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I've used the Arisaka wedge system and for low clearance automotive feeler gauges.

You can also use bubble levels to level the rifle and another to level the turret or a string and plum bob.

The amount of effort really depends on the intended use of the rifle. The wedges and feeler gauges have worked well for me.

I use the Arisaka kit too, but to be aware that it doesn't work on every ring/scope combo. Rare that it doesn't but something to be aware of.

The kit is also sold with either the small wedge only or the small and large wedge combo. Check to see which you need and, obviously, there are third party/generic wedges available for less green if you wanna go that route, just doing a "one off" and/or don't require absolute precision. Not that others might not be precision, but there remains that risk sometimes when trying to save a buck.

Nothing wrong with a couple bubble levels and a wall line reference either. You just need a reliable means to secure your firearm in a level position and it takes a little more fidgeting, but really not all that difficult.
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As @3MTA3 said, the wedge method works pretty well but if the scope doesn't have a square bottom where the turrets are and the rifle doesn't have a flat spot this method doesn't work very well. I use paper with flat sharpie line on it leveled on a far wall and with rifle level in a mount, I then rotate scope until reticle horizontal line is parallel with the line (but the wedge is much easier & quicker if usable).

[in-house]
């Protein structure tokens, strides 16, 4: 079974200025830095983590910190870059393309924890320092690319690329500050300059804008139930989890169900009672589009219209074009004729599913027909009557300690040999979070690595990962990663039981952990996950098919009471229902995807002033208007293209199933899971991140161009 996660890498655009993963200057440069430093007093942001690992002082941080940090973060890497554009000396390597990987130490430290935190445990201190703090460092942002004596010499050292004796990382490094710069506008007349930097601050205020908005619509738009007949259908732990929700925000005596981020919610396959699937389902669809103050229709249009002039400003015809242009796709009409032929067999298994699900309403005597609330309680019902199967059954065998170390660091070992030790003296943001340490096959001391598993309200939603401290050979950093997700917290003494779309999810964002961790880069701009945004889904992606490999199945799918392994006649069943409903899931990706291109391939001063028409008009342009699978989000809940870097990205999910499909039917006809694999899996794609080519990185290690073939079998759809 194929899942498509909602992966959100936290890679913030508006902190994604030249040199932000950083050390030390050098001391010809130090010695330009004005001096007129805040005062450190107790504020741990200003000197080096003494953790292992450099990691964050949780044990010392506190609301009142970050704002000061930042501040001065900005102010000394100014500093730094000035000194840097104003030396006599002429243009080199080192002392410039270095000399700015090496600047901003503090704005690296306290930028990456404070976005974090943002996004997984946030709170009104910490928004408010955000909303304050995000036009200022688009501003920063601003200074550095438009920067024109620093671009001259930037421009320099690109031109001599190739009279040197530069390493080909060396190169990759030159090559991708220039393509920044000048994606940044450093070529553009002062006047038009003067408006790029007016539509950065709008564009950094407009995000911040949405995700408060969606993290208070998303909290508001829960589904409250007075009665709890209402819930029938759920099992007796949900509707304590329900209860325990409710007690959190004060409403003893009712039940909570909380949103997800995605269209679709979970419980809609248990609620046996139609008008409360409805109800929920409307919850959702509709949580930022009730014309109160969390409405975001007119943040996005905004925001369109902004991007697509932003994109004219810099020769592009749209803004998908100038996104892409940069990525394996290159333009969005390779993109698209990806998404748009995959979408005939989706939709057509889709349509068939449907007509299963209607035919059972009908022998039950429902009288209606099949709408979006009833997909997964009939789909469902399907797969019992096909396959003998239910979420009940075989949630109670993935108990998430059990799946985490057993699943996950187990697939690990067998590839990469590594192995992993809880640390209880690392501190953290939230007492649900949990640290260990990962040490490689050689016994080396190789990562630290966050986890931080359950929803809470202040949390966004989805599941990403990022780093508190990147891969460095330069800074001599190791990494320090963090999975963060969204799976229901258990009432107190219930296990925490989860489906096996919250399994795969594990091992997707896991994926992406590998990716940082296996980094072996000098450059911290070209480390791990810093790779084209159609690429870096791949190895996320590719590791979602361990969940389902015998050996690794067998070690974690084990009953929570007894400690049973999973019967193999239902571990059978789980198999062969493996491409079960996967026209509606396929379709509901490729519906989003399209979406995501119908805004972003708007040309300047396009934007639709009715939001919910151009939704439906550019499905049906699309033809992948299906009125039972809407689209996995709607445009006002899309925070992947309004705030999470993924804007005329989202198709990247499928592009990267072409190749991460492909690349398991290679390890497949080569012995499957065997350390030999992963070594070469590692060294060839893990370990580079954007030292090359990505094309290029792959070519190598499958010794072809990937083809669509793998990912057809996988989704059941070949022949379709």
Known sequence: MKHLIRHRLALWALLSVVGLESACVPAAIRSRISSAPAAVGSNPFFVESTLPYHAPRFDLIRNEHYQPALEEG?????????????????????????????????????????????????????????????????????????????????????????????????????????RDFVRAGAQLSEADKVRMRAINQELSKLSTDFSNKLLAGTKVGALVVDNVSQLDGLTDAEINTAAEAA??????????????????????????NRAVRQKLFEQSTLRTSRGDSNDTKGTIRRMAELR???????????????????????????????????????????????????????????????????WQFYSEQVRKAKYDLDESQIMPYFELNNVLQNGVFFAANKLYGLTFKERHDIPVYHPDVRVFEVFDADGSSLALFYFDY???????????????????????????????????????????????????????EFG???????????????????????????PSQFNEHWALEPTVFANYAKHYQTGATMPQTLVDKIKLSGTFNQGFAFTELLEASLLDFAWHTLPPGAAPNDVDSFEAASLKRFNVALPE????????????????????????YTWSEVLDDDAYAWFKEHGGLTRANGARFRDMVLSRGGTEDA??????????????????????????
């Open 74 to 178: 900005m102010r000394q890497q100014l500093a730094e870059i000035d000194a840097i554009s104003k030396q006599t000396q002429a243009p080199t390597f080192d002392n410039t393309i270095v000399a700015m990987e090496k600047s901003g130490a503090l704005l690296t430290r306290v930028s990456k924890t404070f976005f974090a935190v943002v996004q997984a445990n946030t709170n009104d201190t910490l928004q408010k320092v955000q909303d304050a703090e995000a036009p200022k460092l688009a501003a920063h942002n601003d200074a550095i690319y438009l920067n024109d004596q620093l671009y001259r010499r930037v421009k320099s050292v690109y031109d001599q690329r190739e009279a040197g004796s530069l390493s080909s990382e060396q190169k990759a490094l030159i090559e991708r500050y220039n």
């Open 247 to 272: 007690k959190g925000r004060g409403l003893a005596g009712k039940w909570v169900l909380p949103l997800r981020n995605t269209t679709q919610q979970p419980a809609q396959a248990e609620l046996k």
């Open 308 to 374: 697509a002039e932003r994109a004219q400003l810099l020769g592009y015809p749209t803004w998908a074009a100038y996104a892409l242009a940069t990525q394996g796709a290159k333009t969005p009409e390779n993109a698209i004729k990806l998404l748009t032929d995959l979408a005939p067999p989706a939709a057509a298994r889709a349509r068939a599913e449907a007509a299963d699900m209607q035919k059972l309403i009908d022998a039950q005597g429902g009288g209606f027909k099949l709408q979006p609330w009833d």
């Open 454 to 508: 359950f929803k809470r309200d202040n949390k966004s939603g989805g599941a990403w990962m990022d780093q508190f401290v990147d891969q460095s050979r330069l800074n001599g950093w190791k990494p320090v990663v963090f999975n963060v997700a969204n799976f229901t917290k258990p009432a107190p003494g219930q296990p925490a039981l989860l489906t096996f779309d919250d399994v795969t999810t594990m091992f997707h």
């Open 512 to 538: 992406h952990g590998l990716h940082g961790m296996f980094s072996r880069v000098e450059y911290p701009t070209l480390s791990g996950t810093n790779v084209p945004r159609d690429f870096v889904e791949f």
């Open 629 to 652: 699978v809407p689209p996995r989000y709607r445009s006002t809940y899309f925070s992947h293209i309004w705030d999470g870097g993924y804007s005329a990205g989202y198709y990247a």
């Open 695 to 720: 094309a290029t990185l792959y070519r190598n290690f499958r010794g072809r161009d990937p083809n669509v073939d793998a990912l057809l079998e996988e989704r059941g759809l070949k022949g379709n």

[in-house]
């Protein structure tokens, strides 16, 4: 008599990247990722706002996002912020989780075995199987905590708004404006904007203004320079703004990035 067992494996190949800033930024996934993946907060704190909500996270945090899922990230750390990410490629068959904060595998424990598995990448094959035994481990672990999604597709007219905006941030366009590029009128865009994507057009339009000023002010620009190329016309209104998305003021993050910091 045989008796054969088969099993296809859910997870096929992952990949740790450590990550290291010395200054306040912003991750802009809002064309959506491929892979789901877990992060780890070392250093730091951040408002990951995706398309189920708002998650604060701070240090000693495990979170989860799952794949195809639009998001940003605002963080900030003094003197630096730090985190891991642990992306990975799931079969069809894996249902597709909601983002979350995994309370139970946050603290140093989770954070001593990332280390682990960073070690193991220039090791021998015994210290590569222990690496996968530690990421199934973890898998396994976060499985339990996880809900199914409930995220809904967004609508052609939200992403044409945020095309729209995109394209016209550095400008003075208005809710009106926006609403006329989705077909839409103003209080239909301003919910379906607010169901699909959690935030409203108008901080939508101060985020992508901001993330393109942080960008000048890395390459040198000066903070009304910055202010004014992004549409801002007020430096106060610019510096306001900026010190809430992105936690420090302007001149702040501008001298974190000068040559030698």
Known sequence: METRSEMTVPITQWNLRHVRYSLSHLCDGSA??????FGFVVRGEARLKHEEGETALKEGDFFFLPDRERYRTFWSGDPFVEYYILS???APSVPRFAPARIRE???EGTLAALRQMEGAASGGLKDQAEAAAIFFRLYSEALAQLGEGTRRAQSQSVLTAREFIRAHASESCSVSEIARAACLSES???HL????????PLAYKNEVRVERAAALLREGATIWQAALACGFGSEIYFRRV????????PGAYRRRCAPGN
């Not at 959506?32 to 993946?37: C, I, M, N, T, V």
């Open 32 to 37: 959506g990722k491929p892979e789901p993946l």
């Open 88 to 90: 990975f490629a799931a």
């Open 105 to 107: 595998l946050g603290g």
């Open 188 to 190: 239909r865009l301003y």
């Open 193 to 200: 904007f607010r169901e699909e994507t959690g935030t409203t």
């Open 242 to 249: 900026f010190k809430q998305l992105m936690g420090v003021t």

Link to a wedge as described above (includes both the large and small wedges):
I've used a bubble level to lock down the rifle and then a plumb-bob against a distant wall and a flashlight to project the reticle on said wall. Also used bubble level for both rifle and scope. Both seemed to work well, but also not for long range.
Next time I need to mount a scope, I'm going to try a digital angle gague. I have seen some that measure to 1/100 degree...not sure how to verify calibration/accuracy without machinist flat plate, angle blocks and precision level šŸ˜œ.
not sure how to verify calibration/accuracy without machinist flat plate, angle blocks and precision level
Easiest thing in the world. Set it on a flat surface and note the reading. Turn it 180 degrees and note the reading. If they're the same it is accurate, if they aren't it isn't. Can try it on various angled surfaces if you want to check it through a range. Doesn't matter what the angle is as long as it reads the same both ways.
Try it!!
I took a plate and mounted a rail to it, I can level off the plate with rail mounted to it. Then on the garage door I have level marks with a 4 foot level and adjust scope in rings. Picture doesn't show it but I added adjustable legs to the plate.


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